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Archive -> Autobiography -> ‘As a Tale That is Told’ Extract 47 Page 163-164



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‘As a Tale That is Told’ Extract 47 Page 163-164

Reflections on conflict
1912 or ?? 1937???
When in 1907 Mr. Sharp suddenly broke off his connection with Esperance Club I could not understand what had happened, as up to that time we had been in complete harmony.

My object now is not to rake up all the suffering and bitterness which followed this rivalry, but to try and account for an(d) explain what I now believe to have been the origin of it all. When this first began to dawn on me I knew absolutely nothing of the lines on which these

convictions would come to me.

When Mr. Sharp cut himself off from all association with our teachers and sent round a circular in his books which we were using all over the country and in this circular said that hitherto there had been no organised teachers I began to make investigations on my own and eventually with the help of qualified musicians published two books of dances, songs and children’s games.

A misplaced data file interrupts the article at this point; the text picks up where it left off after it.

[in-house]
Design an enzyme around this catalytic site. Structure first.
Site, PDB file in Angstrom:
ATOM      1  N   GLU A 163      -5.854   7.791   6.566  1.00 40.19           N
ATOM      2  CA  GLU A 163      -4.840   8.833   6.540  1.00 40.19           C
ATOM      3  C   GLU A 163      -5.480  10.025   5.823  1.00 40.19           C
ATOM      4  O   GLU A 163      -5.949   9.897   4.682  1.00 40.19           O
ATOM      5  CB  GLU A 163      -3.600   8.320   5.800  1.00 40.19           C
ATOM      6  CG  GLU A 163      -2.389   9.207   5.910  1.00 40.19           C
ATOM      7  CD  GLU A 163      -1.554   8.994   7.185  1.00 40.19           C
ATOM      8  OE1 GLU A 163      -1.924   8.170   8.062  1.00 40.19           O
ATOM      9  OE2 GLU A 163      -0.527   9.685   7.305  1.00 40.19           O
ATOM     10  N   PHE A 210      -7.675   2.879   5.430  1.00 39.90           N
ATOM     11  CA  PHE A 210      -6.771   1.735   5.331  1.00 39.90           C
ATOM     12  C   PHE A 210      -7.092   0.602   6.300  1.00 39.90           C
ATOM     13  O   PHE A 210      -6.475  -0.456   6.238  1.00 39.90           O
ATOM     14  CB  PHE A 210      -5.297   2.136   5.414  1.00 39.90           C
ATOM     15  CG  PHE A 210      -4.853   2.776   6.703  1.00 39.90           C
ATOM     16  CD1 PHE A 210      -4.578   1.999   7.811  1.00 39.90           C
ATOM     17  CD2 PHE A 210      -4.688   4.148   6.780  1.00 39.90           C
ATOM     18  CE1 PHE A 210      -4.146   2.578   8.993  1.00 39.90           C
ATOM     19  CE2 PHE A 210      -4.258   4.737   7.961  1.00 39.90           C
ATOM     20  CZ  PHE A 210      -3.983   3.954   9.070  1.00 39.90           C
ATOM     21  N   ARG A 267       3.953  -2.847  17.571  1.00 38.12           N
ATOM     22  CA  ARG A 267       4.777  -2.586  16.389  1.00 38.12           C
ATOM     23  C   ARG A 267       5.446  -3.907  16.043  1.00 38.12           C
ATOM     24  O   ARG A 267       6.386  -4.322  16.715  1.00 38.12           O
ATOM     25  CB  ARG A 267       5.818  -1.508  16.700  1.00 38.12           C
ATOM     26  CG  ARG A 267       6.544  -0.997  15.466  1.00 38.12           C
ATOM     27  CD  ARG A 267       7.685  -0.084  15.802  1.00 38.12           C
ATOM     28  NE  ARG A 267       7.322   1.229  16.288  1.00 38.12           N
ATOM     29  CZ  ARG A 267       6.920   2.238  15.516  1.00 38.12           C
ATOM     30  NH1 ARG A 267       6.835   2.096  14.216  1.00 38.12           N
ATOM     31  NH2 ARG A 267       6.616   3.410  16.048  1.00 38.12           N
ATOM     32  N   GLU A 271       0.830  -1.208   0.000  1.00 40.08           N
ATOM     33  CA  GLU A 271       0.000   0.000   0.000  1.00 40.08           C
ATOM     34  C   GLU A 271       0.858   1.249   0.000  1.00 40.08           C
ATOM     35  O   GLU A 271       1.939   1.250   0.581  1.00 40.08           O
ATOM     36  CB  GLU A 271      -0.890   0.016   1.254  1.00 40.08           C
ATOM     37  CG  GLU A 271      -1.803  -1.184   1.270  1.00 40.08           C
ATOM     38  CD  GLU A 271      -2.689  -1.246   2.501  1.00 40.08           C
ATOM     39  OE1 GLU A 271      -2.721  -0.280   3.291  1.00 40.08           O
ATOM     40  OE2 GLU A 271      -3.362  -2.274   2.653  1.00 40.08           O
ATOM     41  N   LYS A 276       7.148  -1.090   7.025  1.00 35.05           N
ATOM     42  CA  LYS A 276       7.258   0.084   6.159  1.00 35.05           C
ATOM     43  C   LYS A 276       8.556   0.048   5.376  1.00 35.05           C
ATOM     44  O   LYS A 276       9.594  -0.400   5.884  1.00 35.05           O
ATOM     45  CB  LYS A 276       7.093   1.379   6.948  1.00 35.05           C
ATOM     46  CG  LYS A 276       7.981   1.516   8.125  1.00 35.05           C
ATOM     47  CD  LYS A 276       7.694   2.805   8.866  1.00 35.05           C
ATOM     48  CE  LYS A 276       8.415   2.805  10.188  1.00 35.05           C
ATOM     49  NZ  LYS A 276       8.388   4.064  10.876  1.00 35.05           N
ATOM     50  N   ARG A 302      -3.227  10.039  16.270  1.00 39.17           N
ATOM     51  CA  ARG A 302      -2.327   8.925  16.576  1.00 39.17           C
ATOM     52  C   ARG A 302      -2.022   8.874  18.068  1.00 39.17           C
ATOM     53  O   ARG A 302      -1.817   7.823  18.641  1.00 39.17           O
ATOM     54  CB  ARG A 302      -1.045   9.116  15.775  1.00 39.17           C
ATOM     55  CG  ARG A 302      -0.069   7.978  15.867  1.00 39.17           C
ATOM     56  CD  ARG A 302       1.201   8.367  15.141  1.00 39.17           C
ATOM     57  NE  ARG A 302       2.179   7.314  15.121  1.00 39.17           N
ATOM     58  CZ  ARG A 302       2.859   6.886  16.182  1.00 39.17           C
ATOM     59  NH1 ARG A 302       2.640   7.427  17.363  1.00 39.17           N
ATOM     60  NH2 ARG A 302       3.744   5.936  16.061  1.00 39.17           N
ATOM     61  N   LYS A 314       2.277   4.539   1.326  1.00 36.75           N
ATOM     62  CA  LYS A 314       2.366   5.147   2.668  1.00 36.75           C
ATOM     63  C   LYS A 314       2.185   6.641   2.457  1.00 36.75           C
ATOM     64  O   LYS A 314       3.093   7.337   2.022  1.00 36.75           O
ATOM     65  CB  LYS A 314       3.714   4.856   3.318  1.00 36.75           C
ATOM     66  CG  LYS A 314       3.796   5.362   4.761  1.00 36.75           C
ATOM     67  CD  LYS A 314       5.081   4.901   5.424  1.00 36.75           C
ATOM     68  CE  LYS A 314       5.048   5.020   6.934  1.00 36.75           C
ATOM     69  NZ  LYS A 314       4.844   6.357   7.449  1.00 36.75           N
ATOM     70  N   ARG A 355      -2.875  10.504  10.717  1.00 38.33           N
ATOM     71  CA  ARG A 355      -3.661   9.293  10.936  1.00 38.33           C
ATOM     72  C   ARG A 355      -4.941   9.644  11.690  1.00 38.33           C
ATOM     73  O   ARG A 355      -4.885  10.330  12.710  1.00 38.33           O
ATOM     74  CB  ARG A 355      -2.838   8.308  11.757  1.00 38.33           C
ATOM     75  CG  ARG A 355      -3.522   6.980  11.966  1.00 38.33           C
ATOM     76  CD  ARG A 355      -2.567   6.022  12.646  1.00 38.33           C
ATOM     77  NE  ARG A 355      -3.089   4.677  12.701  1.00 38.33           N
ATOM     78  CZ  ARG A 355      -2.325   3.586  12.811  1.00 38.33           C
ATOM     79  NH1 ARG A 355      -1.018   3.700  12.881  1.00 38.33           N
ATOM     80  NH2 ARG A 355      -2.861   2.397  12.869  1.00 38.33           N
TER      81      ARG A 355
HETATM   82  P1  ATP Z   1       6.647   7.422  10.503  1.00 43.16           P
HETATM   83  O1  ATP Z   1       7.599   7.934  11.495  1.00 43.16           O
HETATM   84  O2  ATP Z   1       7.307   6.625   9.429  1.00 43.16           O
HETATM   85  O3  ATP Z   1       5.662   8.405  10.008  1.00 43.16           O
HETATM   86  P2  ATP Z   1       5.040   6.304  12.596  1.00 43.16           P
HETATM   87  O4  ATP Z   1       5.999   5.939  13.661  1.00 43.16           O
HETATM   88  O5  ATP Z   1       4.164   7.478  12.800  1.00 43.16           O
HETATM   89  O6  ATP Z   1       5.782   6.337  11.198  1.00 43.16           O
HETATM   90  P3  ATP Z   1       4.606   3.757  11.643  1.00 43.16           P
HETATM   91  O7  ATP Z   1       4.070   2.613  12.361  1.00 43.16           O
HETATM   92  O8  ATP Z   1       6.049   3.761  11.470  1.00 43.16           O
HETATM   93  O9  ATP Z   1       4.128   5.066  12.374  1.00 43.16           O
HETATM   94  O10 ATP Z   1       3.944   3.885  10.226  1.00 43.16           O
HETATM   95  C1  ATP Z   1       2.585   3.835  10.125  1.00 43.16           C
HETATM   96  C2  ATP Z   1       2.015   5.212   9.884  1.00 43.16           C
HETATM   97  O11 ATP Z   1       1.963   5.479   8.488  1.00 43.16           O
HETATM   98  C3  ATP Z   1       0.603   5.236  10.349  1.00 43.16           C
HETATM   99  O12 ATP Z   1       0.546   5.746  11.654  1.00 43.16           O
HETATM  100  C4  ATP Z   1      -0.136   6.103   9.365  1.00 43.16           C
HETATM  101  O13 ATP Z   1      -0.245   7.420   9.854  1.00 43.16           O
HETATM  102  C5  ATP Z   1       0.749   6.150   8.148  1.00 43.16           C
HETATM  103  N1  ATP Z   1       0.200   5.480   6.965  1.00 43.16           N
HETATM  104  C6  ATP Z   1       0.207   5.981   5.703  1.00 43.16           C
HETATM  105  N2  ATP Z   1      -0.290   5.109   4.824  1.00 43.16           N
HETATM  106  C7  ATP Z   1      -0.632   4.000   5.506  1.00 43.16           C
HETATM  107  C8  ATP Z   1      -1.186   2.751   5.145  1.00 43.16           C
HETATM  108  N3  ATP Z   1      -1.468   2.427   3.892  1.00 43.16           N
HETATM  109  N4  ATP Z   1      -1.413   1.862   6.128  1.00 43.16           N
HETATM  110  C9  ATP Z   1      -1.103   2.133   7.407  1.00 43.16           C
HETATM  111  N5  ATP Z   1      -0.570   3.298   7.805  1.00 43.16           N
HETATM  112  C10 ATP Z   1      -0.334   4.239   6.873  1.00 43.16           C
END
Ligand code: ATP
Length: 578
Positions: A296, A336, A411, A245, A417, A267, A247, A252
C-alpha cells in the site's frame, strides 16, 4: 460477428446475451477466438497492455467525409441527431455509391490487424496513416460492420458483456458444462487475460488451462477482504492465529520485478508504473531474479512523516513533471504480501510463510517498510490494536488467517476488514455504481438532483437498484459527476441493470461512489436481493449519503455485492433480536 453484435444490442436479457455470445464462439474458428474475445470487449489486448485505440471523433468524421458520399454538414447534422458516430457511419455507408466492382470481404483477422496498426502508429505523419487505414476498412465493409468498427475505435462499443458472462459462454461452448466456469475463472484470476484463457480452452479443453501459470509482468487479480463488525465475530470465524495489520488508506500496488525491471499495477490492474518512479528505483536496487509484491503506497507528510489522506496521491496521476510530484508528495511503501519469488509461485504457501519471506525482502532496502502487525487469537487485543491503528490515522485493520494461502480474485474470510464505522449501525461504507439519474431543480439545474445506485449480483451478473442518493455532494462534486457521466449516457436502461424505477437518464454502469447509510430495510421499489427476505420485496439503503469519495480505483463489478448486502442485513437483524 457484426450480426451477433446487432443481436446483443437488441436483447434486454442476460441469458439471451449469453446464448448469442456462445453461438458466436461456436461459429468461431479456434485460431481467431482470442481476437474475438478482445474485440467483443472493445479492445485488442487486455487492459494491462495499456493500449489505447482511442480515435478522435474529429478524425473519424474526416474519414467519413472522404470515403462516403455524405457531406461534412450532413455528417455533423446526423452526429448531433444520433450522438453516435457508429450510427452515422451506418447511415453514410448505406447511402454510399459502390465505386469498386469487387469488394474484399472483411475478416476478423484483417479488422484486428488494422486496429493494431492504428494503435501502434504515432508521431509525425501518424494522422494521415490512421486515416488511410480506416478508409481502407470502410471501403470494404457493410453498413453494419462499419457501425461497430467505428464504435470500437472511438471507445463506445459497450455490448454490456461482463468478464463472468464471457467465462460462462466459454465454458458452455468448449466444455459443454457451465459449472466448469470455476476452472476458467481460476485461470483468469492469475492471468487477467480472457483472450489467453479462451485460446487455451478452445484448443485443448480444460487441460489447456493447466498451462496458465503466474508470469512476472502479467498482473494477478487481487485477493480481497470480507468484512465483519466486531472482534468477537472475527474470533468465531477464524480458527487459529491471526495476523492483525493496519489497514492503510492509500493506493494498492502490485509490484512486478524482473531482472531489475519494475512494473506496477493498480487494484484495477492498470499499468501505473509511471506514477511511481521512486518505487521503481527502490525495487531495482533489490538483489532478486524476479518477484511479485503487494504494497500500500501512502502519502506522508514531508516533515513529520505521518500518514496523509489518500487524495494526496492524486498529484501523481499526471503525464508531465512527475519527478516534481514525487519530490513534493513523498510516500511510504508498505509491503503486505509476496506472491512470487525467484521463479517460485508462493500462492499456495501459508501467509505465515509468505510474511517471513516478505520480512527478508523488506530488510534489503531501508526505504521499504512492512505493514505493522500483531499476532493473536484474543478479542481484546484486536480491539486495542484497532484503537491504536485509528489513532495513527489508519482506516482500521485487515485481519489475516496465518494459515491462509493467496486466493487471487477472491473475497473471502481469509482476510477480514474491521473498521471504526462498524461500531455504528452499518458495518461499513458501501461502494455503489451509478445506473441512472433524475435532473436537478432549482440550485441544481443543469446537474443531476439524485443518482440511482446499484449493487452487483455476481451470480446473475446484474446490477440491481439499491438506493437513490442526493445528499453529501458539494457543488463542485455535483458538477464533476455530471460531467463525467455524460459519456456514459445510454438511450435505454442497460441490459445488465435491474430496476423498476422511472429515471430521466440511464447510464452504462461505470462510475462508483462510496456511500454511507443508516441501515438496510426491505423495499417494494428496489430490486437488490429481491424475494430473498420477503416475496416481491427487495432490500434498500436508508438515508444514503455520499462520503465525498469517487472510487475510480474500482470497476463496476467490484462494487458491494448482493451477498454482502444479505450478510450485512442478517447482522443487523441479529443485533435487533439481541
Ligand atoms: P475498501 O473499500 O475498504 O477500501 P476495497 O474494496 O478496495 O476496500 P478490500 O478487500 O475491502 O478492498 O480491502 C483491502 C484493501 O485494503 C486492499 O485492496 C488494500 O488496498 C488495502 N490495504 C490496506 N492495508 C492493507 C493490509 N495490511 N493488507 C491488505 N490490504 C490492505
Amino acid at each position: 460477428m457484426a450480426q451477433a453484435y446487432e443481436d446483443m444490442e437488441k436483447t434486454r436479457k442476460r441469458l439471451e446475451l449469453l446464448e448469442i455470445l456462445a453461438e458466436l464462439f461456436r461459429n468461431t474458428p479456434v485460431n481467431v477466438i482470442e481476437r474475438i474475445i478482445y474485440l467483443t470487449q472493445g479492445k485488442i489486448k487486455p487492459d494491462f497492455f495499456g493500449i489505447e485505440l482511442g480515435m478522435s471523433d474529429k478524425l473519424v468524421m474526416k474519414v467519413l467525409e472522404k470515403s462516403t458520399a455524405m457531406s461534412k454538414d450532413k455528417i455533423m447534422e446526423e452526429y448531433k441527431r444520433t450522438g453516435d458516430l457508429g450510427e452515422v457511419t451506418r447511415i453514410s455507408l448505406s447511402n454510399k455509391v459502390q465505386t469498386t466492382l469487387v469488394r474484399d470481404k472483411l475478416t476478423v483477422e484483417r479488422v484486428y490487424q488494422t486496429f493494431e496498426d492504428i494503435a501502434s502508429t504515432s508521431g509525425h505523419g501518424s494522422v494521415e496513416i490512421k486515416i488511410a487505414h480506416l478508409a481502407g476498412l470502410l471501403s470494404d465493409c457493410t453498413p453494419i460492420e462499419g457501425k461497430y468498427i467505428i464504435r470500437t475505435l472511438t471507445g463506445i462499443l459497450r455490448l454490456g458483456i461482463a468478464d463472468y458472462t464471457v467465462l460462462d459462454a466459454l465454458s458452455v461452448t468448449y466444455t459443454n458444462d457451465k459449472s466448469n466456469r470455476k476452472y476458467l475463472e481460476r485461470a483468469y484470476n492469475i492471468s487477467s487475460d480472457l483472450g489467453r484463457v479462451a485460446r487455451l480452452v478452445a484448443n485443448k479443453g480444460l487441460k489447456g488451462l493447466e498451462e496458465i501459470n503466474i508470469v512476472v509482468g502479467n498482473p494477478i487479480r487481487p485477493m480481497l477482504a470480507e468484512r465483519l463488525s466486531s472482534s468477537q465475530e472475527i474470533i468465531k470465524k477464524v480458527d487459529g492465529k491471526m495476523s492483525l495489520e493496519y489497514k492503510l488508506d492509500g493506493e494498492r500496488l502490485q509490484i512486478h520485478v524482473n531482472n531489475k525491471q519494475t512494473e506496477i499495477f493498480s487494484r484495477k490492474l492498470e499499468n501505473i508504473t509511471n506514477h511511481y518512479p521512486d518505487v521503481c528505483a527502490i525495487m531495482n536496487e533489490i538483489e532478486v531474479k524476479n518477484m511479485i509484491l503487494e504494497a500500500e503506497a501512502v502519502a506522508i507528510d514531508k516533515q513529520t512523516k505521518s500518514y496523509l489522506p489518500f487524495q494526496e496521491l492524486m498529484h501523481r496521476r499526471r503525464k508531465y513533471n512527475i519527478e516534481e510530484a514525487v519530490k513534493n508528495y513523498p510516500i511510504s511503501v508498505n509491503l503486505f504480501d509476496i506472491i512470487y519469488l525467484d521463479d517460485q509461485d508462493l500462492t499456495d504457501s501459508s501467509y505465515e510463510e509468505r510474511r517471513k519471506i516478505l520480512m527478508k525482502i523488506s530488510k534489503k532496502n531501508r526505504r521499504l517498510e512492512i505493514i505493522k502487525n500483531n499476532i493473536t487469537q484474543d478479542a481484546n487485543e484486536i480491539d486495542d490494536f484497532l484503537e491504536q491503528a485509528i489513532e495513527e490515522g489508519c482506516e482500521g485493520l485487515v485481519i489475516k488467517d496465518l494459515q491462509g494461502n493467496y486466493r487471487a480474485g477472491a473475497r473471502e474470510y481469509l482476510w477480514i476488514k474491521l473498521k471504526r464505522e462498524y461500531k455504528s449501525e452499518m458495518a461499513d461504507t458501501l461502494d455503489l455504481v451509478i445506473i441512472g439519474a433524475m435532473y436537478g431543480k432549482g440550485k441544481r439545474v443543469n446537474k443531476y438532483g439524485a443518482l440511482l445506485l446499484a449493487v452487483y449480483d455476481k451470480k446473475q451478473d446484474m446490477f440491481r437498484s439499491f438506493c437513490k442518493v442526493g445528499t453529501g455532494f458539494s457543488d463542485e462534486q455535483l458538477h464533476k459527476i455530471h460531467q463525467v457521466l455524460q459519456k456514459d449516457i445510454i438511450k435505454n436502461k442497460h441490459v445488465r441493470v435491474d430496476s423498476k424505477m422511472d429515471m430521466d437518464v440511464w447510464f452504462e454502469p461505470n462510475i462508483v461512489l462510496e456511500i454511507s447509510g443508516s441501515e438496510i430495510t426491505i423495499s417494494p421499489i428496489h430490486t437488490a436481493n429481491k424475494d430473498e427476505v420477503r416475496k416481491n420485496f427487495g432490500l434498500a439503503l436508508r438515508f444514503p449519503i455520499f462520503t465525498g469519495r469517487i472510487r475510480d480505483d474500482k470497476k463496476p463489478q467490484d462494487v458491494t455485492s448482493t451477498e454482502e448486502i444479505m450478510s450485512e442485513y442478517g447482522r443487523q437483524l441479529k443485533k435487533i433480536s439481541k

But it is with the inner meaning of the traditional dances that I want to write because it was by these that I gained the knowledge that has helped me to interpret this bitter struggle that evolved from my controversy with Mr. Sharp. I puzzled for many years as to why this controversy had arisen. In ordinary language it was a controversy between a then very little known collector of folk songs and dances and an equally unknown woman who ran a Girls’ Club and who, with a handful of working girls, was trying to get those dances back into the possession of the folk to whom they belonged. And yet this controversy rang through England and the most important newspapers took it up and printed interviews and letters about it.


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‘As a Tale That is Told’ Extract 47 Page 163-164